In his second novel, The Book of Joe (2004), Jonathan Tropper wrote about a novelist who fears the “sophomore slump” after his debut book becomes a huge bestseller and is adapted into a film.Fast forward a decade, and Tropper’s fiction becomes reality. He returns to BEA on a high-profile panel this afternoon that kick offs Bookcon. With director Shawn Levy and actors Tina Fey and Jason Bateman, Tropper will discuss the movie adaptation of his fifth novel, This Is Where I Leave You (Dutton, 2009). and attendees will be privy to sneak peeks of the film.

“It’s a tremendous sense of completion,” says Tropper, who explained that he has spent the past five years trying to get the movie made. In the book, the protagonist, Judd Foxman—whose wife’s affair with his shock-jock boss has just gone very public—reunites with his dysfunctional family for the first time in years to sit shiva for a week following the death of its patriarch, his father. Character-driven plots like This Is Where I Leave You are not always easy to sell to Hollywood, Tropper points out, but he was happy to write the screenplay for Levy (director of Night at the Museum and The Internship), with whom he had worked before and developed a “shorthand.”

“People—writers, actors—just want to work with him,” says Tropper about Levy, who directed Fey in Date Night. On their panel of “big guns,” Tropper says Levy will show some clips from the film, and the actors, writer, and director will talk about the differences between the movie and the book.

Tropper expects the panel will be “fun for all of us.” But as much as Tropper enjoys his work in Hollywood (he just completed a script adaptation for his novel One Last Thing Before I Go [Orion, 2013]), he says novel writing remains his first creative love.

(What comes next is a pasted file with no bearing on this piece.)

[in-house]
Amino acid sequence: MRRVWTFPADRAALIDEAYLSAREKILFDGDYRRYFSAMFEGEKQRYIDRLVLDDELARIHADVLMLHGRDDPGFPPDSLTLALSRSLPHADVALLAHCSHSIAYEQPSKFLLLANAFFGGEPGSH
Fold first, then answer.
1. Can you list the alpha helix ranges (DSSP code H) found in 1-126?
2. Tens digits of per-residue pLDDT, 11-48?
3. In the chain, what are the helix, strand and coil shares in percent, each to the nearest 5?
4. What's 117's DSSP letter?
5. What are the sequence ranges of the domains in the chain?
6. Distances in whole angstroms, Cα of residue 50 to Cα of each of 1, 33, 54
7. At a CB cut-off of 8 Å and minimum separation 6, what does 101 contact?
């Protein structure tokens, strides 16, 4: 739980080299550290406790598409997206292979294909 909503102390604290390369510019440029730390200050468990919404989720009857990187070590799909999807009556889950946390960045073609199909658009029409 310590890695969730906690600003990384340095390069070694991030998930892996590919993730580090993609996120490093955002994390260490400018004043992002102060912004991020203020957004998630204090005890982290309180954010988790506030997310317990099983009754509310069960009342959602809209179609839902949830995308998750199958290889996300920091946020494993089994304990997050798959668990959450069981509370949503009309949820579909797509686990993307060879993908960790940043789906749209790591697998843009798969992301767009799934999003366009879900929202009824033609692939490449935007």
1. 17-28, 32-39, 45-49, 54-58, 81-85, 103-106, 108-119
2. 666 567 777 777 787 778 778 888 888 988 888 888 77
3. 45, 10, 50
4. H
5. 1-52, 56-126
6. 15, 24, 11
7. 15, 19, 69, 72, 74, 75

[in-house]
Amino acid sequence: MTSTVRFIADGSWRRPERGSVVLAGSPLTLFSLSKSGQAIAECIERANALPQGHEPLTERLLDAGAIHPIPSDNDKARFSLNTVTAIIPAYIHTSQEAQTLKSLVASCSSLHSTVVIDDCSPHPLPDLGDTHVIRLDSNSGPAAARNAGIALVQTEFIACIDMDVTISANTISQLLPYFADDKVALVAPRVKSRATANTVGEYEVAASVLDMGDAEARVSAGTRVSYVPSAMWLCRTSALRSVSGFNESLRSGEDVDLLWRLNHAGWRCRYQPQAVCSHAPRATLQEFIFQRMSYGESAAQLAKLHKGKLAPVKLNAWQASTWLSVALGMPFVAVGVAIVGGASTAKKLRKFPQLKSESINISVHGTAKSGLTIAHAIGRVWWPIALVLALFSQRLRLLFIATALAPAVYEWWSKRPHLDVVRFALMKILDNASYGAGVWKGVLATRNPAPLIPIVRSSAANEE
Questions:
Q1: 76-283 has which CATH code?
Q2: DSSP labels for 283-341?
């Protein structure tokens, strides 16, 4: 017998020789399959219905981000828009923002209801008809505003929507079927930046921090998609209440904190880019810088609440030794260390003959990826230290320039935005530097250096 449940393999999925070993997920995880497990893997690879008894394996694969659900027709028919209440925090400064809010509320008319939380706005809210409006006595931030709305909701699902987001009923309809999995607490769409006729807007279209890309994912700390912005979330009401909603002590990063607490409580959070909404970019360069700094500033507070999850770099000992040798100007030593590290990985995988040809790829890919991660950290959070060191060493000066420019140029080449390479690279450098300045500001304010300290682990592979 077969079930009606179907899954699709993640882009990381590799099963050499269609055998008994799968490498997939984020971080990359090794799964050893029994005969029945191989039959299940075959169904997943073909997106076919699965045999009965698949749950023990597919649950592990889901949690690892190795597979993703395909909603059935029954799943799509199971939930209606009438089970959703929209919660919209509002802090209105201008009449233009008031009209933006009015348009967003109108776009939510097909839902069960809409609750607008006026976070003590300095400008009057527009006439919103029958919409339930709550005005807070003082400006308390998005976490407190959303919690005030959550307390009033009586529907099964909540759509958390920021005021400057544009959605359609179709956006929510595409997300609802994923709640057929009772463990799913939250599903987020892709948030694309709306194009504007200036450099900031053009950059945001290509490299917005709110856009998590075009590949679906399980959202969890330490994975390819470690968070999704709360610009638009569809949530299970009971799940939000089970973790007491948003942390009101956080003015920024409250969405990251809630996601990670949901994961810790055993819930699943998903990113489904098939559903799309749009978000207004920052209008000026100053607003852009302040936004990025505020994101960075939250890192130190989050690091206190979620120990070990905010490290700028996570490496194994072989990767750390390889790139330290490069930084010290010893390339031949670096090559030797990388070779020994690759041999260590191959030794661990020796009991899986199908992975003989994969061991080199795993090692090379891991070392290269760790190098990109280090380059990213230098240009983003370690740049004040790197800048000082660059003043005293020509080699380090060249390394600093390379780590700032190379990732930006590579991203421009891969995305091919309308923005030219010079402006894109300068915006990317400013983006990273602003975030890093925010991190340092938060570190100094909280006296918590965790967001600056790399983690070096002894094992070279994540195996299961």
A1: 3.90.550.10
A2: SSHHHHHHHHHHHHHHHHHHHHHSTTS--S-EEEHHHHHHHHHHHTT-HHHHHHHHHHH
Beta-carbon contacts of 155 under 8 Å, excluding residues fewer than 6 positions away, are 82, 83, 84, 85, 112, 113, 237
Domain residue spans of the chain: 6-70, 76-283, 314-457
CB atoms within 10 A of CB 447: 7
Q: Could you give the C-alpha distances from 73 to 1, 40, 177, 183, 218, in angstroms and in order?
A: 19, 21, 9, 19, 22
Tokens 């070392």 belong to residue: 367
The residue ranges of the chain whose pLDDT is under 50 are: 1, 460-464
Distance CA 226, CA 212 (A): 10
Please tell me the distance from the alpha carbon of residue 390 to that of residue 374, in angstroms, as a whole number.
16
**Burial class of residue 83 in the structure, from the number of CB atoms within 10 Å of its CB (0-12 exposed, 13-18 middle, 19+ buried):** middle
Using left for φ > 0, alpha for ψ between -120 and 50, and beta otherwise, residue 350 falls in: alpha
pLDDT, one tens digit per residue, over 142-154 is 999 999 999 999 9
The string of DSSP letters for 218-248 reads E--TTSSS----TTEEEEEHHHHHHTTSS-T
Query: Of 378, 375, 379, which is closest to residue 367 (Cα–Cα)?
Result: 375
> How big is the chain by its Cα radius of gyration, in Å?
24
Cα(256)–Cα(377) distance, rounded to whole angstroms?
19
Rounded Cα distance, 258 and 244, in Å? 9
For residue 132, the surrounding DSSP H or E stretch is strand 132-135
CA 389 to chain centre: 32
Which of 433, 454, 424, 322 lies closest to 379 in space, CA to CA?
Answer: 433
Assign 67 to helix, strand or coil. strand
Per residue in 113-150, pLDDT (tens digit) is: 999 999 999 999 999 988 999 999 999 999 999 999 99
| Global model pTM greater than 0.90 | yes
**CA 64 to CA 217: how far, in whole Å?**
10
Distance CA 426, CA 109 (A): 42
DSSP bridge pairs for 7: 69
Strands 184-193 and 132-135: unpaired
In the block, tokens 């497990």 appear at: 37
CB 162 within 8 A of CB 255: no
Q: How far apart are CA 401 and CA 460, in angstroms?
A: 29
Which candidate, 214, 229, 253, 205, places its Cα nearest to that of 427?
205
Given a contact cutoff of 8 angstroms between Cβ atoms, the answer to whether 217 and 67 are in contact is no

“Screenwriting and the movie stuff could all disappear tomorrow,” says Tropper, “but to sit down with my laptop and still tell stories is my day job. I didn’t believe I’d actually get to do it for a living.”

One thing Tropper likes about writing novels over working on a film is that he does not have to keep rewriting. “I’ve probably written 40 different drafts for the movie,” he says. “You never have to change a book for budget.”

While Tropper has started writing a new novel, he will not share any details yet, because he knows it will change as he writes it. “I’m just very excited to finally be writing prose again,” he says. “There’s a satisfaction I get from writing fiction that I will never get from screenwriting.”

The panel, 4–5 p.m., is open to both BEA and Bookcon pass holders, but a $10 ticket is required. Earlier in the day, at 2 p.m., Tropper is signing books at the Penguin truck, which will be parked in the Crystal Palace of the Javits.